Orianthi Panagaris, who chooses to just use her first name in her career, is best known as one of Michael Jackson's two guitarists for his This Is It Tour, as well as the subsequent movie (read my review here). Only 25, she has already amassed a highly impressive resume, with additional collaborations with Prince, Mary J. Blige, a guest solo on Adam Lambert's (of American Idol fame) recent album, and an appearance with Carrie Underwood at last year's Grammy Awards that created plenty of buzz (that's where I first saw her). She stands out because of her prodigious guitar skills...and it doesn't hurt that she's easy on the eyes. Those skills led her to quit school at 15 to focus on her career, and at that same age she played her first ever opening gig for Steve Vai, one of her primary influences. Three years later, Orianthi met and jammed with her other guitar hero, Carlos Santana.
Her independent 2007 debut, Violet Journey, showed promise, but leaned somewhat to the unrefined side, not surprising given her young age and meagre recording budget. 2009's Believe is a much more polished and assured collection of songs, backed by a major label (Geffen, a subsidiary of Universal Music), which also brings with it the resources for stronger material. Writing partners for Orianthi on her latest include heavyweights like Desmond Child (who has written for Bon Jovi, KISS, Katy Perry, and Kelly Clarkson) and Andreas Carlsson (whose songs have been recorded by Celine Dion, Bon Jovi, Britney Spears, and Carrie Underwood).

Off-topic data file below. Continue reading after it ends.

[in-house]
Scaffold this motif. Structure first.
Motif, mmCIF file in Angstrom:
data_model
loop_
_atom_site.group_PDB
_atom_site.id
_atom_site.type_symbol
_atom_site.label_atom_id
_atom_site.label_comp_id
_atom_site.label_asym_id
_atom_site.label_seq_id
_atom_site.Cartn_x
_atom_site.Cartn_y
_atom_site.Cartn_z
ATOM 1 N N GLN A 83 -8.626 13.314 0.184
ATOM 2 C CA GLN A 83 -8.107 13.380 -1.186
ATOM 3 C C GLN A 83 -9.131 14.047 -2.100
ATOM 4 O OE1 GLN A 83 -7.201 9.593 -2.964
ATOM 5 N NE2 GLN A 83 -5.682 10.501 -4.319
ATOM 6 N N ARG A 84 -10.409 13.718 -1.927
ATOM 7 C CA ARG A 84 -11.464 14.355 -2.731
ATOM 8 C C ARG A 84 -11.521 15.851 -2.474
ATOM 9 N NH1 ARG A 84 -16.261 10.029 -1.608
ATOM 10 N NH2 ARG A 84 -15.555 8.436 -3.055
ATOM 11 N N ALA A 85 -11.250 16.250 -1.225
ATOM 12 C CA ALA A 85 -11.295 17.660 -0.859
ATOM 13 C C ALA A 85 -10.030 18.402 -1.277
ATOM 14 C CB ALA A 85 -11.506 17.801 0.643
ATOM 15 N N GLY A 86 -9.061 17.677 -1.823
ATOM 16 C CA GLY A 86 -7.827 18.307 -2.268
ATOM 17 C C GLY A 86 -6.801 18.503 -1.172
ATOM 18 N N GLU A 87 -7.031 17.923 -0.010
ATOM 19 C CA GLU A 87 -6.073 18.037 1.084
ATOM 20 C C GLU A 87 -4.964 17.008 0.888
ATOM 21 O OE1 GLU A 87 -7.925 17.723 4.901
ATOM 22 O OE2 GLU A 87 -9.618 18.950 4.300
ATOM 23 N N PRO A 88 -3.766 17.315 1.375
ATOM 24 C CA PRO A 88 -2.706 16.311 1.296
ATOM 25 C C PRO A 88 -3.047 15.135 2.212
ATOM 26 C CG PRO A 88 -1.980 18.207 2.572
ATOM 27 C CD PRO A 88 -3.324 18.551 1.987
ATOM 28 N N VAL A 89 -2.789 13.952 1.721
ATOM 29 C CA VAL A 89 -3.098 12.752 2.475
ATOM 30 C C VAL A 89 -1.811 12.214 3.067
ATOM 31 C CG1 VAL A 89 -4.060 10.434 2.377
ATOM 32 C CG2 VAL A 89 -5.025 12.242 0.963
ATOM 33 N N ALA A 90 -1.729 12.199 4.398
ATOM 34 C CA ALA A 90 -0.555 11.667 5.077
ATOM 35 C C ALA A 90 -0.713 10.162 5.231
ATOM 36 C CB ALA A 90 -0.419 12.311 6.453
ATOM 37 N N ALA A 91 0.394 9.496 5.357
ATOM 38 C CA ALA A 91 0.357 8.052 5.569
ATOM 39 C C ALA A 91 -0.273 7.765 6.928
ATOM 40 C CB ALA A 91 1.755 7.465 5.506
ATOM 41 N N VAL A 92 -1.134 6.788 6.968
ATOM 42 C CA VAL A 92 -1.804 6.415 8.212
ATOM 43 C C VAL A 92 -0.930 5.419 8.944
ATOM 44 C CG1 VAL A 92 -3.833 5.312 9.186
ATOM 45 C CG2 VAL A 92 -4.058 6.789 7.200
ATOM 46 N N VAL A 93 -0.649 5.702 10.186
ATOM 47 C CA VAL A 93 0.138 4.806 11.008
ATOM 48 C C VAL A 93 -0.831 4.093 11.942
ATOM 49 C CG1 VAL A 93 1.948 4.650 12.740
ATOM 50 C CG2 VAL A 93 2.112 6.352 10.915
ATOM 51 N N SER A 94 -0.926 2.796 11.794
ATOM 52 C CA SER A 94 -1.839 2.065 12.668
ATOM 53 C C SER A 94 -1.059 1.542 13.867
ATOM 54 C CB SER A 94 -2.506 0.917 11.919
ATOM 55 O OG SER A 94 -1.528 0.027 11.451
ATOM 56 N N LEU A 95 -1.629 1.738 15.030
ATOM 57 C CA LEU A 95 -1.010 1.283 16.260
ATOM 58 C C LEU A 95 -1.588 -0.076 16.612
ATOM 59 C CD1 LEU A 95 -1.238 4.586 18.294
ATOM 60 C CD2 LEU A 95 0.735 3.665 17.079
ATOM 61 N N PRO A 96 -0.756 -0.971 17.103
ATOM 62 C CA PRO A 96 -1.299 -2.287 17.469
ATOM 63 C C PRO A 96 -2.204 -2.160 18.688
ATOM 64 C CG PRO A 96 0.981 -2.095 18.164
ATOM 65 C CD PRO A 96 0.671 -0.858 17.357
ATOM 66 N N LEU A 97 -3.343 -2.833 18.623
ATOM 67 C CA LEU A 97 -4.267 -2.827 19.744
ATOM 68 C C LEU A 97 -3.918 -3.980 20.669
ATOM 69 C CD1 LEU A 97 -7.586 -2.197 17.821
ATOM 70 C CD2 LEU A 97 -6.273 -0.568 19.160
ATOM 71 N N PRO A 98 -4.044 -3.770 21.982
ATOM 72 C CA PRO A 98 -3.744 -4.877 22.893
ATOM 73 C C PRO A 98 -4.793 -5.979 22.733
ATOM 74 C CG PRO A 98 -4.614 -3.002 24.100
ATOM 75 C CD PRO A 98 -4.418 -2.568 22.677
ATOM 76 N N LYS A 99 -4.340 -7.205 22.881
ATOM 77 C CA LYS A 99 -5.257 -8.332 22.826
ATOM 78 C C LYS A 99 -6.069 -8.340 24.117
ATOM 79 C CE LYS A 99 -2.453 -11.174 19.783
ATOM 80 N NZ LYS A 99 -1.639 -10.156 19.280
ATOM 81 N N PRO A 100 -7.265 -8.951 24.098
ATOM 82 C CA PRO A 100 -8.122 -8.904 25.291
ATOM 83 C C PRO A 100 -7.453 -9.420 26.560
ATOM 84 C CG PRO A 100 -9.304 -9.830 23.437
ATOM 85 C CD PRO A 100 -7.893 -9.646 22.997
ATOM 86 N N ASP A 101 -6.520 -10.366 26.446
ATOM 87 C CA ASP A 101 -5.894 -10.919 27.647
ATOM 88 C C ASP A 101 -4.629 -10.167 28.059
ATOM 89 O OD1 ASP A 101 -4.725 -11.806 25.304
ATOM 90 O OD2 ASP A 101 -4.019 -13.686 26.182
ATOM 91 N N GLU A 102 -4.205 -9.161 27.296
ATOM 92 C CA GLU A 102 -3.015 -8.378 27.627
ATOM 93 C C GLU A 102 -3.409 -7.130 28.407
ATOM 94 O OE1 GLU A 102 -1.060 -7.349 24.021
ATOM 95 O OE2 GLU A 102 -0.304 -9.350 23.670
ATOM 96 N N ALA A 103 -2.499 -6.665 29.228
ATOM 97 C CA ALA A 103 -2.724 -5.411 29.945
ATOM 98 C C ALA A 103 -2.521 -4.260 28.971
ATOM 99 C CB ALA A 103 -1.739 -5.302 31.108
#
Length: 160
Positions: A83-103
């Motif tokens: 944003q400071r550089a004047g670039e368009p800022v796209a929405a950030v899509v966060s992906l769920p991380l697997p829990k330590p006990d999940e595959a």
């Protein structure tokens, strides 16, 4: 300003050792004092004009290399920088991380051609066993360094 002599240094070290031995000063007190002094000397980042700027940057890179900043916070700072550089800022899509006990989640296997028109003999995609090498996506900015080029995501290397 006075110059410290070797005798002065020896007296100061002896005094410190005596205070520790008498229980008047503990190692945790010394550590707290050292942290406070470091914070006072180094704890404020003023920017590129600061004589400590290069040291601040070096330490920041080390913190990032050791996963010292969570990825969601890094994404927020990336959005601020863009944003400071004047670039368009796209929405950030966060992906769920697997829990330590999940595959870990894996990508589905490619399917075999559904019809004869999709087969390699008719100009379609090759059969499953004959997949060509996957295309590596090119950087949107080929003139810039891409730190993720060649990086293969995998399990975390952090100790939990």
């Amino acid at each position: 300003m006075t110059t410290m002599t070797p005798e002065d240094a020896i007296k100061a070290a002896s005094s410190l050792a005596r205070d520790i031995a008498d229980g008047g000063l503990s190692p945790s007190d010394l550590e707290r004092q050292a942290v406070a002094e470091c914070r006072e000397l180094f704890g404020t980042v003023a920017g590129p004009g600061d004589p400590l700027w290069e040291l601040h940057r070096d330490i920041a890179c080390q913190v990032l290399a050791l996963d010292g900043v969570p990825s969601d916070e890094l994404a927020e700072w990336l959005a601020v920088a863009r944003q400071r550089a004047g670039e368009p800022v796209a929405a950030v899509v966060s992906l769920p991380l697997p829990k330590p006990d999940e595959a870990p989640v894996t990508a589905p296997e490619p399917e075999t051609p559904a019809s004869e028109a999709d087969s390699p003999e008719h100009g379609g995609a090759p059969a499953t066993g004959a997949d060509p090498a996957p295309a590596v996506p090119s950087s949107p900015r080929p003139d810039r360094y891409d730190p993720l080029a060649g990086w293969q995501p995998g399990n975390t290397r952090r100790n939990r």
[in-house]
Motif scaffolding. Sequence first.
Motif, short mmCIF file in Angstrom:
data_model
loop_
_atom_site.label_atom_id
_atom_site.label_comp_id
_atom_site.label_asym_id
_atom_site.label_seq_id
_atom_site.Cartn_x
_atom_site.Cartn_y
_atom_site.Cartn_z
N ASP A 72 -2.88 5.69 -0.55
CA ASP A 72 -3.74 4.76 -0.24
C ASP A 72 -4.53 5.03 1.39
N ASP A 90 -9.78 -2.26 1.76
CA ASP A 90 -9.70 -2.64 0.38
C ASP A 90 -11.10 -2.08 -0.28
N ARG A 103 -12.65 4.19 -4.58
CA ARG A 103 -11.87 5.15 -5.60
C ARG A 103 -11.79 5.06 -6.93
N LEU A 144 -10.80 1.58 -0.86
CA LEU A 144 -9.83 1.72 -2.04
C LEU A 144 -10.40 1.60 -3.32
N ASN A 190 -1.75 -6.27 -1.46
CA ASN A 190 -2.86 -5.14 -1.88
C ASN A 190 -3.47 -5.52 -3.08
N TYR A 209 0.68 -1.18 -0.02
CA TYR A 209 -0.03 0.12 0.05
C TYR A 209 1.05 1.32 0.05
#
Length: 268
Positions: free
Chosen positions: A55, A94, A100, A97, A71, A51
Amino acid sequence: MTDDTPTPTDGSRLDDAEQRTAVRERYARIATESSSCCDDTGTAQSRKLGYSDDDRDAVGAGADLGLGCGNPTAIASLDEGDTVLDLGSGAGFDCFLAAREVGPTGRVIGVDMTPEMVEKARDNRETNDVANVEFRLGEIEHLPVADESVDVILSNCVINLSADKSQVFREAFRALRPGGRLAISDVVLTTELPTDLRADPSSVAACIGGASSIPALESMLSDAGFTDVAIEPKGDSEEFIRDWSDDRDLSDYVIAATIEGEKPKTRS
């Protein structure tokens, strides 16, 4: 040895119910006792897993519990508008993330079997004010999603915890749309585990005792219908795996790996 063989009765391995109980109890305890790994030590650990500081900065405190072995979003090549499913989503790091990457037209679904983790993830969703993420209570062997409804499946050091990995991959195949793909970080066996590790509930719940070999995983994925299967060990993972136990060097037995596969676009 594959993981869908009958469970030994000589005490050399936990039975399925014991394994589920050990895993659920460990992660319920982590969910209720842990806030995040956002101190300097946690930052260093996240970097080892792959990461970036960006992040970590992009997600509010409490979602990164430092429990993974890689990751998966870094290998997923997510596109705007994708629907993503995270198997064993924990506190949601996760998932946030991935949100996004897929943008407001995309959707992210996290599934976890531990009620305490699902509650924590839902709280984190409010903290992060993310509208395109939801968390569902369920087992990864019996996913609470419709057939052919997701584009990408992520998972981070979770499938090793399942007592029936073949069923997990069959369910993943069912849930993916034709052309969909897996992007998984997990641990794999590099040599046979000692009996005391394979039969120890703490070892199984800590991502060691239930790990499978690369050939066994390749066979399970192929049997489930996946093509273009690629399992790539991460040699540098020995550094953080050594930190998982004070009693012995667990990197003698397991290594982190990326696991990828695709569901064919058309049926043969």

Believe also brings the rock a little more than its predecessor, to its benefit. Musically, it's quite similar to the power pop of Pink or Kelly Clarkson, with the same focus on highly catchy choruses. Orianthi also throws in some flashier guitar solos, just to add her own signature. She has the ability to shred out on her six strings, yet doesn't overdo it with the guitar histrionics, except on "Highly Strung", a hopped-up instrumental duet with Vai that is supposed to be over-the-top. Vai's own unique guitar voice overpowers Orianthi's, causing the track to sound more like a Vai tune, but Panagaris does well to nearly keep pace with the virtuoso.
The heavier tracks generally fare a little better than the mellower material, notably with first single "According To You", "Bad News", the male bashing "Think Like A Man", and "Suffocated" (a cover of a song by some band I've never heard of called Sound The Alarm). That's not to say there's not strength in the slower songs - "Drive Away" and "God Only Knows" are primo power ballads, with the former featuring some tasteful blues-style guitar work.
Vocally, Orianthi sounds fairly good on the album, although based on some of the "pitchy" live performances I've watched online one wonders how much was done in the studio to compensate for the disproportionate amount of talent between her voice and her guitar playing ability. One other lingering nag with Orianthi is that she borrows a little too heavily from Santana for both her style and guitar sound on the less rocking tracks. Many of the guitar leads on Believe reproduce his phrasing and distinct, warm guitar tone almost exactly (she even uses the same type of Paul Reed Smith guitar as him). Hopefully future releases will find her steering away from this direction and cultivating a more distinct sound of her own, which her impressive talent should more than allow for.
View the video for "According To You":